Carly Fiorina gives one heck of a speech.
That was my first impression, a positive one, when I caught up with her in Sacramento in 2010 to chronicle her bid for the Senate.
She had focus, urgency and a brimming arsenal of barbs, just as she does now. She liked to mention an incident in which Sen. Barbara Boxer, the incumbent Democrat, once upbraided an Army bigwig for calling her “Ma'am” rather than “Senator,” and she told Californians that if they gave her Boxer’s job: “You may call me ‘Ma'am.’ You may call me ‘Senator.’ You may call me ‘Carly.’ You may call me, ‘Hey, you, remember, you work for me.’”
She presented herself as a woman of the people, at our service.
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But that wasn’t my impression of her after about a week of attending her campaign events, riding around California with her and interviewing her about her drive and her desires.
Even more so than is usually the case, the candidacy seemed to be all about the candidate. She yearned to silence forever all of the naysaying about her stewardship of Hewlett-Packard, to be validated by voters, to have the final say.
She failed, and she failed big, losing to Boxer by 10 points. Her response? To seek a promotion. She’s running for president.
Give her credit for dauntlessness.
But look closely and you see its ugly sibling, shamelessness, not just in the way she treats facts but in the way she treats others.
The Washington Post just published a humiliating account of her sluggishness to pay bills from that 2010 campaign. That she stiffed several vendors until January 2015 wasn’t really the damning part: That’s sadly common in politics.
But The Post reported that one of the people stiffed was the widow of pollster Joe Shumate, who dropped dead of a heart attack, “surrounded by sheets of polling data” for Fiorina, shortly before Election Day in 2010. Fiorina mourned him as “the heart and soul” of her operation, then neglected for years to fork over at least $30,000 that she owed him.
Martin Wilson, who managed that campaign, told The Post that he occasionally implored her to settle up. “She just wouldn’t,” he said.
It’s striking that he’d tattle like that on Fiorina. She apparently doesn’t leave much love in her wake. Reuters interviewed about 30 people who worked for her in 2010, 12 of whom said: Never again. “I’d rather go to Iraq,” one unidentified campaign aide groused.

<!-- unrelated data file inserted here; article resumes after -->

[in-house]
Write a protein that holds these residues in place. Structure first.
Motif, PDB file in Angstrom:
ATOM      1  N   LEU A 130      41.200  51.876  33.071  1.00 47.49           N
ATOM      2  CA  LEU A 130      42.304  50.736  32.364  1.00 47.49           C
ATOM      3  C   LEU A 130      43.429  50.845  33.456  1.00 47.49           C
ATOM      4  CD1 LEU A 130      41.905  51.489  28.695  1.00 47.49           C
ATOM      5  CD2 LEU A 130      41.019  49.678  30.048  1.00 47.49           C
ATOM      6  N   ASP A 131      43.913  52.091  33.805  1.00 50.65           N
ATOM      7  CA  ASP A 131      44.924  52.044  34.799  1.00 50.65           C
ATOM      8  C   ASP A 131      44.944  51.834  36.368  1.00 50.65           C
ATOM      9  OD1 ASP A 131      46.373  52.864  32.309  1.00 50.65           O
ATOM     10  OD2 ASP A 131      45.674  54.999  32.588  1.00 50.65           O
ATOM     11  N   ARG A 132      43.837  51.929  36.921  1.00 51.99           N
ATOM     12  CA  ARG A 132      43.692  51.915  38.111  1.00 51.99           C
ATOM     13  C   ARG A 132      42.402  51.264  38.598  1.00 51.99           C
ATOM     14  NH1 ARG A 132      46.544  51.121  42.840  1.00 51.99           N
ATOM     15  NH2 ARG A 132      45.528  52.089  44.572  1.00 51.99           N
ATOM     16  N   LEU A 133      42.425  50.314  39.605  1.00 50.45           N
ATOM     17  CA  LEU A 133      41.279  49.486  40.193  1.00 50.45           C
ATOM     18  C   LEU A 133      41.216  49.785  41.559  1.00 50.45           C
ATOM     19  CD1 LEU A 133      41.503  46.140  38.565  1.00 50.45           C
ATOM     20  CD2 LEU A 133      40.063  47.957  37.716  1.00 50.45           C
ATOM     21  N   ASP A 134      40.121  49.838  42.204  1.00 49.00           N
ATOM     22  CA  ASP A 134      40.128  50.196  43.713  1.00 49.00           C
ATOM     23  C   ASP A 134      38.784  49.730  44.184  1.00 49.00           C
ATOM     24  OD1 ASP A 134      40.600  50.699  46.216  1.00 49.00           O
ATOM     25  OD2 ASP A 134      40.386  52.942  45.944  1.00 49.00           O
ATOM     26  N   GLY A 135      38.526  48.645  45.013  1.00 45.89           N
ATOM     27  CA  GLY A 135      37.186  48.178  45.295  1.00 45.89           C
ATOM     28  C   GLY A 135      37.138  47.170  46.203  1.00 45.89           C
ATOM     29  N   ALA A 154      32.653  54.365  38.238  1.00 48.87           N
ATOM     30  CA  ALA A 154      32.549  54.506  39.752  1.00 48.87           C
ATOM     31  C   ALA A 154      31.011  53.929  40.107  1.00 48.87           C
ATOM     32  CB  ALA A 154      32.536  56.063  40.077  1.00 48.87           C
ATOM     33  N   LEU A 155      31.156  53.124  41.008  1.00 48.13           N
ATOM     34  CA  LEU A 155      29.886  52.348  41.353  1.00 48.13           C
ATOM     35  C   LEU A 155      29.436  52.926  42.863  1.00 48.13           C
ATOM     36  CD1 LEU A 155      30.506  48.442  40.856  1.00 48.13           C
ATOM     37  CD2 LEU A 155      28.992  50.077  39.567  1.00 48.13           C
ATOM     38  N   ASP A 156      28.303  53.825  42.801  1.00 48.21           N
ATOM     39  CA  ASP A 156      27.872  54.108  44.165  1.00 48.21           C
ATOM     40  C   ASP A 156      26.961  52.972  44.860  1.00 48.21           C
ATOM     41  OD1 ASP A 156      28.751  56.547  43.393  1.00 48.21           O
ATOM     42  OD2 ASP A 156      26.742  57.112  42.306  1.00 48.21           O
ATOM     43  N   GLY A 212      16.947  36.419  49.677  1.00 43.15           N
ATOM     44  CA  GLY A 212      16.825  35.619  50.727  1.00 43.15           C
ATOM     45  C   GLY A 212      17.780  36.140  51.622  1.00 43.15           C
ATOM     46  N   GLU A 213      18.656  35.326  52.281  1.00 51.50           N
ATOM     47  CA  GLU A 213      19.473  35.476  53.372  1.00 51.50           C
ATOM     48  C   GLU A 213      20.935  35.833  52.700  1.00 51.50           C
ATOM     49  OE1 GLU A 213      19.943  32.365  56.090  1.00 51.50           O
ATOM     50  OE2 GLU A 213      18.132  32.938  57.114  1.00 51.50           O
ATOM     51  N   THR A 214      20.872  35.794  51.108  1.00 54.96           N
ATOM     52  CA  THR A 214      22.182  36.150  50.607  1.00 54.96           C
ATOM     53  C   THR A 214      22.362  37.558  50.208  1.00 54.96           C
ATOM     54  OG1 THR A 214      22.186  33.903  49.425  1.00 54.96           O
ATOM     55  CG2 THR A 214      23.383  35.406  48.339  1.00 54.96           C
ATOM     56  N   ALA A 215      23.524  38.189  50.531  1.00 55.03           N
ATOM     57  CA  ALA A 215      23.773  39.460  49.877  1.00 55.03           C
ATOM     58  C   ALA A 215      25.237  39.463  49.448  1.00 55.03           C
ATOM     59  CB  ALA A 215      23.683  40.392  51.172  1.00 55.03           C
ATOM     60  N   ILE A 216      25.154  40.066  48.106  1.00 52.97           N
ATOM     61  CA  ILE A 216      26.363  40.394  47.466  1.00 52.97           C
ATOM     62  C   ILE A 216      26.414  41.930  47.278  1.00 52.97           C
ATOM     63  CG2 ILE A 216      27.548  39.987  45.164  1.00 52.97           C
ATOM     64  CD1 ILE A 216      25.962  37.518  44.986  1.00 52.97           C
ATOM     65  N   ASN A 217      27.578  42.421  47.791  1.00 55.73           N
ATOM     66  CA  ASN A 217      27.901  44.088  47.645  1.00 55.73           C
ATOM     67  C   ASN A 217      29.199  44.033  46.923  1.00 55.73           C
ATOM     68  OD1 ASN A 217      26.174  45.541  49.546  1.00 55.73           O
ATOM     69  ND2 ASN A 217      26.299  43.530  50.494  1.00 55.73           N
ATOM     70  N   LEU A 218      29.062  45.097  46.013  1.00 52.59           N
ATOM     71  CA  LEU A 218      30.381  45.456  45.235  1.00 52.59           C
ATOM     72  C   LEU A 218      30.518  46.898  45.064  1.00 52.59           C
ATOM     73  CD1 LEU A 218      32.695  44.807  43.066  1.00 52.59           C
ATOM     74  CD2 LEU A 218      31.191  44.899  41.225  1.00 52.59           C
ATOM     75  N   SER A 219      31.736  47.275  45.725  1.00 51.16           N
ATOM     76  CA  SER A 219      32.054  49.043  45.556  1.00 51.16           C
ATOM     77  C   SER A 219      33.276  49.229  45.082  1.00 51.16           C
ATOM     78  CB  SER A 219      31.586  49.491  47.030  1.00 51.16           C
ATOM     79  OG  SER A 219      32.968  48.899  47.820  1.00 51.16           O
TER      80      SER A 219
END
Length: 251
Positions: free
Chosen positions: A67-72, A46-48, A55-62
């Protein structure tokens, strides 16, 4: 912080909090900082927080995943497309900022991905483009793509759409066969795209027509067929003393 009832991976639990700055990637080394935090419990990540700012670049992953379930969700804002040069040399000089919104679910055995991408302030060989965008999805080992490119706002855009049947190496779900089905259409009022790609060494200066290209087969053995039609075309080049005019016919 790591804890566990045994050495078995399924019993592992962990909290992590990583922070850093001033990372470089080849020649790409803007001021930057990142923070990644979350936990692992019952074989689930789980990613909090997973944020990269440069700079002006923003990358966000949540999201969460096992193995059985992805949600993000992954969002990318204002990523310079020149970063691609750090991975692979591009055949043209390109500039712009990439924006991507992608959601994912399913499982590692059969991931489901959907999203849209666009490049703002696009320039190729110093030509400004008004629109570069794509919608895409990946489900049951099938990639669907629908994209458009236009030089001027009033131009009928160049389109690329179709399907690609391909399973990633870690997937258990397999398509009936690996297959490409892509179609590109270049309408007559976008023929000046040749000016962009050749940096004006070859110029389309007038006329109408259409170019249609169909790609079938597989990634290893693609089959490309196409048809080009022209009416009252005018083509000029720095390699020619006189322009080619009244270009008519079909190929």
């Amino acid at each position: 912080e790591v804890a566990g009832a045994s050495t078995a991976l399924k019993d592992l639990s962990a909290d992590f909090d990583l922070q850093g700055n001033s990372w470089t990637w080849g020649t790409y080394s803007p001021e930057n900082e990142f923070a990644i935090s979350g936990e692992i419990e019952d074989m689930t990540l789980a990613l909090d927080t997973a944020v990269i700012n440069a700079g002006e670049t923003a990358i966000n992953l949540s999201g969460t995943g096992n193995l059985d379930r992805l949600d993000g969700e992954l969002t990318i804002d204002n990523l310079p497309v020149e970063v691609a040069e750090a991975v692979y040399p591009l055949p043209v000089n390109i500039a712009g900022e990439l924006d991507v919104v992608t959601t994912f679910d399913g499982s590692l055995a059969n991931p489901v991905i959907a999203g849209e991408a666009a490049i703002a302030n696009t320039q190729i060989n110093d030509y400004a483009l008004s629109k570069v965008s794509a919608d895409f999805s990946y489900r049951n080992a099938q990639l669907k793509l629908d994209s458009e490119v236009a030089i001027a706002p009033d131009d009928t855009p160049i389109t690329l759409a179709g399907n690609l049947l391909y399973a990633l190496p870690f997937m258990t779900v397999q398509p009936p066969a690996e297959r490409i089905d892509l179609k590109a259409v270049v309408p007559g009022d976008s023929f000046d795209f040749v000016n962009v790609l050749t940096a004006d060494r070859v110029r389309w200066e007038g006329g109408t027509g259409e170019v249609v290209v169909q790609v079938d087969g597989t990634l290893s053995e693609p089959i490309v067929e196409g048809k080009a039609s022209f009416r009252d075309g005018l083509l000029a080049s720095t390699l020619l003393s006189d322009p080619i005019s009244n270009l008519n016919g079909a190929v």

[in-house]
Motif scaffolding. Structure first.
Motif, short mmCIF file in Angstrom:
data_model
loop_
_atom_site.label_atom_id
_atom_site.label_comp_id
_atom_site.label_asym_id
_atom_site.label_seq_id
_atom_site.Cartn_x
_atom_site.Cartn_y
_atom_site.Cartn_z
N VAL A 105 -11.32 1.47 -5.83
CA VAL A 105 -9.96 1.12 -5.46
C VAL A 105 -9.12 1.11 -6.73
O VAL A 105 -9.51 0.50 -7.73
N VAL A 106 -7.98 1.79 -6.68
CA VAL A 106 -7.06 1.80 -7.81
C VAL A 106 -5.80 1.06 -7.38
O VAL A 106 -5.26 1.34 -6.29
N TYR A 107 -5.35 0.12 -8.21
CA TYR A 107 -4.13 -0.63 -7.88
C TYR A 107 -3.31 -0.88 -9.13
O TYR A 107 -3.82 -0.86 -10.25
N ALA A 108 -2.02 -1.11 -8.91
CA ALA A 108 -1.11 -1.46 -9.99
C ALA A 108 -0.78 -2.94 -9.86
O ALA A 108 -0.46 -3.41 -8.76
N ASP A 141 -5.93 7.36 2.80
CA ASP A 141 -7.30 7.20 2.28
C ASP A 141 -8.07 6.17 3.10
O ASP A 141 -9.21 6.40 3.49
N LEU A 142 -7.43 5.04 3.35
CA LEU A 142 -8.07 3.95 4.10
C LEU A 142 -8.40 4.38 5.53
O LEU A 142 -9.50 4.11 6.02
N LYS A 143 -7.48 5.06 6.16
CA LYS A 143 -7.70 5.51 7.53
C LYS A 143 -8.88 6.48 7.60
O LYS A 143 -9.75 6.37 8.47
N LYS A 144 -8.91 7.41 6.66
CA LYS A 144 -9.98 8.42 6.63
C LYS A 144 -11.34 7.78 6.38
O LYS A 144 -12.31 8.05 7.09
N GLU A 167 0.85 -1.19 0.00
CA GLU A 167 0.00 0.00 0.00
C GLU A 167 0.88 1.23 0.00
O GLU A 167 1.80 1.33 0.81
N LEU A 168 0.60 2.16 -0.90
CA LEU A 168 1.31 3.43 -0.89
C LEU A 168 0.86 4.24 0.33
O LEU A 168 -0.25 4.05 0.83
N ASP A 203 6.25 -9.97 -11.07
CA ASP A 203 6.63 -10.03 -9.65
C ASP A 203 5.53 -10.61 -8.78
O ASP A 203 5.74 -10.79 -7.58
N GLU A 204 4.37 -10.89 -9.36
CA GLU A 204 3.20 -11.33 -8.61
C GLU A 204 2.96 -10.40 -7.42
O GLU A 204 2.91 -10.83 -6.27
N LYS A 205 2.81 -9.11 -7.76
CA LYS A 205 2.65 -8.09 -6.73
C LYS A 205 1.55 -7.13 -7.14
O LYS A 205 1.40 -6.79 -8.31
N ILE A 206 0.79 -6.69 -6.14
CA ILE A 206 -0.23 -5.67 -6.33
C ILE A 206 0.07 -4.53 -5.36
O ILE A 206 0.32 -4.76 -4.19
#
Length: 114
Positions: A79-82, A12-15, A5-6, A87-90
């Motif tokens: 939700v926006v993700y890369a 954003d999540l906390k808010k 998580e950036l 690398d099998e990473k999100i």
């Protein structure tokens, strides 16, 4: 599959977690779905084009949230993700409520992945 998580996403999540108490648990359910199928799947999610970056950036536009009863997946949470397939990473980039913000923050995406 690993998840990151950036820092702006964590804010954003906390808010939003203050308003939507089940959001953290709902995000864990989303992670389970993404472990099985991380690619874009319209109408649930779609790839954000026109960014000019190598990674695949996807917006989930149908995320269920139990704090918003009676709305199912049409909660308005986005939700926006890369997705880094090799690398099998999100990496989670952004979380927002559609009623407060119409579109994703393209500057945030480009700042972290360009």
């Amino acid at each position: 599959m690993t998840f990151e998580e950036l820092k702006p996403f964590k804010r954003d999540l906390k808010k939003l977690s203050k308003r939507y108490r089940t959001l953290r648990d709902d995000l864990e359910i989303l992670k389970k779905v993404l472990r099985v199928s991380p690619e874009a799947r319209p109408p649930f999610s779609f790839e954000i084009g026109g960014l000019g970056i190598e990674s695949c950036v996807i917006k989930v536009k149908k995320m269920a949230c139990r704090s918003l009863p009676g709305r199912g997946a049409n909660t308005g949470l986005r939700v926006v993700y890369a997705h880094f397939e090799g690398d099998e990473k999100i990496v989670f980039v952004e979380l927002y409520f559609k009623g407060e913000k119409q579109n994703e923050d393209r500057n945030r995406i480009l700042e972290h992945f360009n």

And The Daily Beast examined Fiorina’s recent campaign-finance filings and noticed that almost no one at Hewlett-Packard had given more than $200 – the minimum amount for which a donor must be identified – to her presidential quest.
She has her loyalists, including some glass-half-full revisionists. Consider this from the Post story: “Her supporters cautioned that little could be gleaned from her California campaign. They maintain that Fiorina’s corporate experience is more akin to managing a presidential campaign than a bid for office in one of the nation’s most liberal states.”
In other words, the Boxer contest was small potatoes – peculiar ones, too – and a leader of Fiorina’s vision and scope is suited only to a giant spud.
For someone so caustic about others’ shortcomings, she’s awfully cavalier about her own.
“It was a mistake,” she said to me in 2010 about her failure to vote in elections in New Jersey, where she’d once lived for 10 years, and in more than half of the 18 elections in California in which she could have participated.
Then she qualified that confession, explaining that she hadn’t been “running my life to seek political office,” as if such a goal were the only reason to show up at the polls.
In the cause of others, she’s not so quick, exuberant or deft. She campaigned as a surrogate for John McCain in the 2008 presidential election but had to be sidelined after saying that neither McCain nor Sarah Palin, his running mate, could run a big corporation. It was a fascinating lapse, in that she was denying them the chops to do precisely what she had done (albeit poorly, by many measures).
In her calculus, the corporate world qualified her for governing, but government experience didn’t qualify others for the corporate world. What self-flattering, self-serving arithmetic.
It has been correctly observed that her ascent in the polls, coupled with Donald Trump’s enduringly strong showing, reflects the currency of political outsiders right now.
But it also reflects the potency of an insatiable hunger for approbation and an unshakable belief in your genius. She and Trump share that, and of course she gives one heck of a speech. She thrills to her own voice.